Give an example of where the supernatural helps us to deal with such a question.
4.
That's explained by FT argument. Evolution needs space. That question requires only knowledge of the surface so it's not necessarily a theist's question. Evolution includes the stars,m the universe as a whole, thus it needs lots of room.
But why? Why did God chose to do it that way? If his interest is mankind, why not create the universe 2 million years ago, and just our solar system? The difference to mankind would be negligible. If he is so interested in evolution, go back 4 billion years. But it still only needs the solar system.

When he chooses to build something that could actually be infinite, that holds literally hundred of billions of galaxies each of which has hundreds of billions of stars, you have to wonder: why?

And that certainly is a theistic question!
6. If you believe the universe is fine-tuned for intelligent life, why isn’t our universe teeming with life, including life much more impressive than human life?

Who says it's not?
We can look at the solar system. It has a radius of about 100 AU, giving a volume a little over 10^40 m^3. Earth has a surface area of 5x10^14 m^2. Say birds can go up about 10 000 m, that gives a livable volume of 5x10^18. Thus in our solar system, for every cubic meter that possibly has a living thing in it, there is 2 000 000 000 000 000 000 000 cubic meters where life cannot survive.

Life is exceedingly rare in our solar system, and it seems very likely that it is just as rare or non-existent in all the others.
7. Why would God use biological evolution as a method for creation? Do you have any answer that is independent of the scientific evidence for evolution?

You are making an anthropomorphic assumption that God is so much like us that has to rationcentenate the decisions to create in such a way that we would appreciate it. How about he just chose evolution because it's the default from naturalistic creation.
So no, you do not have any answer that is independent of the scientific evidence for evolution.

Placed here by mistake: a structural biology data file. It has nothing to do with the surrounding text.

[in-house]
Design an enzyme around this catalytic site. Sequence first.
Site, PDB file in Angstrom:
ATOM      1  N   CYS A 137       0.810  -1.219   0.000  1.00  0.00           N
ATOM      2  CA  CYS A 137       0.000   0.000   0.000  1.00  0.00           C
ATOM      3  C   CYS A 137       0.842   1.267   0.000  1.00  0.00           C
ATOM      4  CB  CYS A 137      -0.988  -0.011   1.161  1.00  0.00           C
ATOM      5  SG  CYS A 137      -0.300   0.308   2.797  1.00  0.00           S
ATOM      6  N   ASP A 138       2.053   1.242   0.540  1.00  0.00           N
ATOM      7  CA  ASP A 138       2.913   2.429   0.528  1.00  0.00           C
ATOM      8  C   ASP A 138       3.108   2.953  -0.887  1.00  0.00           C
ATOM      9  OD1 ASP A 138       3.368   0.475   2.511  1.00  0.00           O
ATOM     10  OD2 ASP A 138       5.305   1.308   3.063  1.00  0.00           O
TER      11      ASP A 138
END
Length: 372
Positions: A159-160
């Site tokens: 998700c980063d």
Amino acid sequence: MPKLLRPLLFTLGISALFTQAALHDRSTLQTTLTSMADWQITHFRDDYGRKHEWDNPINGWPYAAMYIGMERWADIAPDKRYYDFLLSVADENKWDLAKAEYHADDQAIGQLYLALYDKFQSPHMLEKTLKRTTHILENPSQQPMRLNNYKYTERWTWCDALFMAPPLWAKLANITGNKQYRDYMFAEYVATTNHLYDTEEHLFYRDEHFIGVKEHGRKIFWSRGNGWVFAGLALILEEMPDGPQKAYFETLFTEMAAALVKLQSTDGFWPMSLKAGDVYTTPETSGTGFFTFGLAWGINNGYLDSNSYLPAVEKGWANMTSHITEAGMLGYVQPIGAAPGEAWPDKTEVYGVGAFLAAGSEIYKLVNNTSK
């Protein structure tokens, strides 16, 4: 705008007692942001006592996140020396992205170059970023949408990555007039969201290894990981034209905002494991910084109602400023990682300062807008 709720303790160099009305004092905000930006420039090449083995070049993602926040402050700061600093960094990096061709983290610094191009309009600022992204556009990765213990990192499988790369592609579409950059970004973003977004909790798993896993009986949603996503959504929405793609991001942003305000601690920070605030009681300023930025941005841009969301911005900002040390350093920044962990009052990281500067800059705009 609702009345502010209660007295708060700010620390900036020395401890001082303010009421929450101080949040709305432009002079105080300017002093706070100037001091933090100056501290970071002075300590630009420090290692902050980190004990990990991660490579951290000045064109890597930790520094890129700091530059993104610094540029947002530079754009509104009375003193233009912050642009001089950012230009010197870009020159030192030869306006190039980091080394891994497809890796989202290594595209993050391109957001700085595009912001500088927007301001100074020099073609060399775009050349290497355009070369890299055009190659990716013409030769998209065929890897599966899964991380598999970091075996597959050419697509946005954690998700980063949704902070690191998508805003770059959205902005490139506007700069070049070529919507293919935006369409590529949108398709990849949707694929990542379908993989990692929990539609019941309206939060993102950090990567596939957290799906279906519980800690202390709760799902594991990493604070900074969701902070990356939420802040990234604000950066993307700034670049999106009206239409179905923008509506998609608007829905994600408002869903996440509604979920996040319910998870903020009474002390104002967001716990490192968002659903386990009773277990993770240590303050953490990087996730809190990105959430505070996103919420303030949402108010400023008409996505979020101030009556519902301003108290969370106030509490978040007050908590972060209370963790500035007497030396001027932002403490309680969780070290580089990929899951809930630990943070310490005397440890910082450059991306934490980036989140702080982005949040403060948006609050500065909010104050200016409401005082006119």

8.

That is also answered by the link above to bacteriological drama, If we were pure spirit beings (pure mind) we would have no doubt of God and we woudl not seek truth and thus internalize the values of the good.
You probably did not mean "bacteriological".
This question makes me think of one of my favorite Twilight Zone's. The most philosophical of the show. A solider, a clown ,some others are trapped in a room with no doors or windows, They have no memory of being who they are. Turns out they are toys in a toy box at Christmas.
Is that all we are to God? Just toys playing out a drama for his entertainment?

Also if all this is some drama played out for God (whether for entertainment of not), how does this fit with earlier answers? Why a universe that is 14 billion years old, if he is only interested in the last 2 million? Why a universe of 10 000 000 000 000 000 000 000 statrs if he is only interested on what goes on under this one?
9.
Yes. "The only Hebrew word traditionally translated "soul" (nephesh) in English language Bibles refers to a living, breathing conscious body, rather than to an immortal soul." Soul is not necessary the thing that lives on but a symbol for life, by extension the relationship of the living being to God Thus saved souls or lost souls. The thing that survives death is spirit,although in translation these can be synonymous.
Oh, a semantic dodge.

We both know the guy was asking about the thing that Christians claim lives on after death, and not about whether they breathed. How about you answer the actual question? Same for question 10. If you disagree with you usual Christian concerpt of the soul, then state that, and we can agree. However, pretending he meant anything else is just a way to duck questions you cannot answer.

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Re: 20 questions

Post by Metacrock » Wed May 17, 2017 9:07 am

This looks like a dodge, but I may be missing something. Okay, nothing is the alternative to being. Are we then happy to say that being is the normal state of affairs? That is, we do not need to explain how being started; being is the initial state.
yes since somersetting can;t come from nothing then being has to be eternal and necessary,
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Re: 20 questions

Post by The Pixie » Wed May 17, 2017 9:47 am

Metacrock wrote:
This looks like a dodge, but I may be missing something. Okay, nothing is the alternative to being. Are we then happy to say that being is the normal state of affairs? That is, we do not need to explain how being started; being is the initial state.
yes since somersetting can;t come from nothing then being has to be eternal and necessary,
Okay, let's say that is so. I see no problem with that in a naturalistic worldview.

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Re: 20 questions

Post by Metacrock » Wed May 17, 2017 10:19 pm

The Pixie wrote:
Metacrock wrote:
This looks like a dodge, but I may be missing something. Okay, nothing is the alternative to being. Are we then happy to say that being is the normal state of affairs? That is, we do not need to explain how being started; being is the initial state.
yes since somersetting can;t come from nothing then being has to be eternal and necessary,
Okay, let's say that is so. I see no problem with that in a naturalistic worldview.
you can't explain am eternal contingency, that leaves God by fefault
Have Theology, Will argue: wire Metacrock
Buy My book: The Trace of God: Warrant for belief